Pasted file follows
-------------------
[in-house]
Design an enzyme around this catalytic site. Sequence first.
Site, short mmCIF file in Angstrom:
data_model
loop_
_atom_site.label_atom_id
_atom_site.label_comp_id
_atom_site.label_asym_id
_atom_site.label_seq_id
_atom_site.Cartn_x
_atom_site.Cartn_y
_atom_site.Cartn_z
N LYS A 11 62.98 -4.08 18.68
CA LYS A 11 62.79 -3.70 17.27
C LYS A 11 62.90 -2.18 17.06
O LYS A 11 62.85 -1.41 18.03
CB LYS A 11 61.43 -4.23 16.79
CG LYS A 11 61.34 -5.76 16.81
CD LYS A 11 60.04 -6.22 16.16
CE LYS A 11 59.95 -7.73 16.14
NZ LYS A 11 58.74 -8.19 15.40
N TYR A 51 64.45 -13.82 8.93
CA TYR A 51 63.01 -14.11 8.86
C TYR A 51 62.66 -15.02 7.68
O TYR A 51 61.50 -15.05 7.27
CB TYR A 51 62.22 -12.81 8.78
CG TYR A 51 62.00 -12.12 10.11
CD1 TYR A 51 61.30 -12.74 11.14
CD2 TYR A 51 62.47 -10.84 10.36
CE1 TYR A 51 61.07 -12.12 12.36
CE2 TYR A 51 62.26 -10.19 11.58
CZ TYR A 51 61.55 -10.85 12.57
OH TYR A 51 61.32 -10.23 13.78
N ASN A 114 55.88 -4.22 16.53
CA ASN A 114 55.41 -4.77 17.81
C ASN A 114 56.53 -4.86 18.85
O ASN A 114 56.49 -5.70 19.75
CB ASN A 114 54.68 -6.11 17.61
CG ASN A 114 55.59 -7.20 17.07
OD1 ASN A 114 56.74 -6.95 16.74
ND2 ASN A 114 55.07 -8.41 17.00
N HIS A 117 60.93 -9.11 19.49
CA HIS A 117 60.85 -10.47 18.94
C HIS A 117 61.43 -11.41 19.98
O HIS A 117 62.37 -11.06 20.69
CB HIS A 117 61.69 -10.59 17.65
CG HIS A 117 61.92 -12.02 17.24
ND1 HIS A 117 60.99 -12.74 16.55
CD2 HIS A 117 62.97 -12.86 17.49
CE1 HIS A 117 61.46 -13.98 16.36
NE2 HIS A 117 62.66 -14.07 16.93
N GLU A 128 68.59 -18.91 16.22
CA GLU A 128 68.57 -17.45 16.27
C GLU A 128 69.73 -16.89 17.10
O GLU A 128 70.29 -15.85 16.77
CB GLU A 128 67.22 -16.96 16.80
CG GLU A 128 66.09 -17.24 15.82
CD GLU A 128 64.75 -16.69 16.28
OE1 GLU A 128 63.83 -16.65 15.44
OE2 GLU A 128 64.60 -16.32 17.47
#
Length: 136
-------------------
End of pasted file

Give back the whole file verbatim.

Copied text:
[in-house]
Design an enzyme around this catalytic site. Sequence first.
Site, short mmCIF file in Angstrom:
data_model
loop_
_atom_site.label_atom_id
_atom_site.label_comp_id
_atom_site.label_asym_id
_atom_site.label_seq_id
_atom_site.Cartn_x
_atom_site.Cartn_y
_atom_site.Cartn_z
N LYS A 11 62.98 -4.08 18.68
CA LYS A 11 62.79 -3.70 17.27
C LYS A 11 62.90 -2.18 17.06
O LYS A 11 62.85 -1.41 18.03
CB LYS A 11 61.43 -4.23 16.79
CG LYS A 11 61.34 -5.76 16.81
CD LYS A 11 60.04 -6.22 16.16
CE LYS A 11 59.95 -7.73 16.14
NZ LYS A 11 58.74 -8.19 15.40
N TYR A 51 64.45 -13.82 8.93
CA TYR A 51 63.01 -14.11 8.86
C TYR A 51 62.66 -15.02 7.68
O TYR A 51 61.50 -15.05 7.27
CB TYR A 51 62.22 -12.81 8.78
CG TYR A 51 62.00 -12.12 10.11
CD1 TYR A 51 61.30 -12.74 11.14
CD2 TYR A 51 62.47 -10.84 10.36
CE1 TYR A 51 61.07 -12.12 12.36
CE2 TYR A 51 62.26 -10.19 11.58
CZ TYR A 51 61.55 -10.85 12.57
OH TYR A 51 61.32 -10.23 13.78
N ASN A 114 55.88 -4.22 16.53
CA ASN A 114 55.41 -4.77 17.81
C ASN A 114 56.53 -4.86 18.85
O ASN A 114 56.49 -5.70 19.75
CB ASN A 114 54.68 -6.11 17.61
CG ASN A 114 55.59 -7.20 17.07
OD1 ASN A 114 56.74 -6.95 16.74
ND2 ASN A 114 55.07 -8.41 17.00
N HIS A 117 60.93 -9.11 19.49
CA HIS A 117 60.85 -10.47 18.94
C HIS A 117 61.43 -11.41 19.98
O HIS A 117 62.37 -11.06 20.69
CB HIS A 117 61.69 -10.59 17.65
CG HIS A 117 61.92 -12.02 17.24
ND1 HIS A 117 60.99 -12.74 16.55
CD2 HIS A 117 62.97 -12.86 17.49
CE1 HIS A 117 61.46 -13.98 16.36
NE2 HIS A 117 62.66 -14.07 16.93
N GLU A 128 68.59 -18.91 16.22
CA GLU A 128 68.57 -17.45 16.27
C GLU A 128 69.73 -16.89 17.10
O GLU A 128 70.29 -15.85 16.77
CB GLU A 128 67.22 -16.96 16.80
CG GLU A 128 66.09 -17.24 15.82
CD GLU A 128 64.75 -16.69 16.28
OE1 GLU A 128 63.83 -16.65 15.44
OE2 GLU A 128 64.60 -16.32 17.47
#
Length: 136